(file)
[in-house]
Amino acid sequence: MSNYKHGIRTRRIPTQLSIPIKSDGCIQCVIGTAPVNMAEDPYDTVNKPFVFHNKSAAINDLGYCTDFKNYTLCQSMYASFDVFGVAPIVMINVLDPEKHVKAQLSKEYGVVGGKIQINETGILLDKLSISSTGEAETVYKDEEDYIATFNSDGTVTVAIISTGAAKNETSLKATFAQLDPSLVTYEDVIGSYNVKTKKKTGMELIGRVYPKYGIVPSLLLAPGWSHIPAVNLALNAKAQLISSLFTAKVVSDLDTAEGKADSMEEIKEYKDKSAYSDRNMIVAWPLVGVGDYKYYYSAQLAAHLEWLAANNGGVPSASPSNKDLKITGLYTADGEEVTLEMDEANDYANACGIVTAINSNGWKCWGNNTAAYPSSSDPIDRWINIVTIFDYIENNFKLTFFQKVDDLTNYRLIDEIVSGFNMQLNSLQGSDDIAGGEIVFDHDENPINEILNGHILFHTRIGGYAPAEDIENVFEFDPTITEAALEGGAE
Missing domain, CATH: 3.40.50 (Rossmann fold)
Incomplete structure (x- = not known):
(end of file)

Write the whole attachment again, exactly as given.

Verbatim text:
[in-house]
Amino acid sequence: MSNYKHGIRTRRIPTQLSIPIKSDGCIQCVIGTAPVNMAEDPYDTVNKPFVFHNKSAAINDLGYCTDFKNYTLCQSMYASFDVFGVAPIVMINVLDPEKHVKAQLSKEYGVVGGKIQINETGILLDKLSISSTGEAETVYKDEEDYIATFNSDGTVTVAIISTGAAKNETSLKATFAQLDPSLVTYEDVIGSYNVKTKKKTGMELIGRVYPKYGIVPSLLLAPGWSHIPAVNLALNAKAQLISSLFTAKVVSDLDTAEGKADSMEEIKEYKDKSAYSDRNMIVAWPLVGVGDYKYYYSAQLAAHLEWLAANNGGVPSASPSNKDLKITGLYTADGEEVTLEMDEANDYANACGIVTAINSNGWKCWGNNTAAYPSSSDPIDRWINIVTIFDYIENNFKLTFFQKVDDLTNYRLIDEIVSGFNMQLNSLQGSDDIAGGEIVFDHDENPINEILNGHILFHTRIGGYAPAEDIENVFEFDPTITEAALEGGAE
Missing domain, CATH: 3.40.50 (Rossmann fold)
Incomplete structure (x- = not known):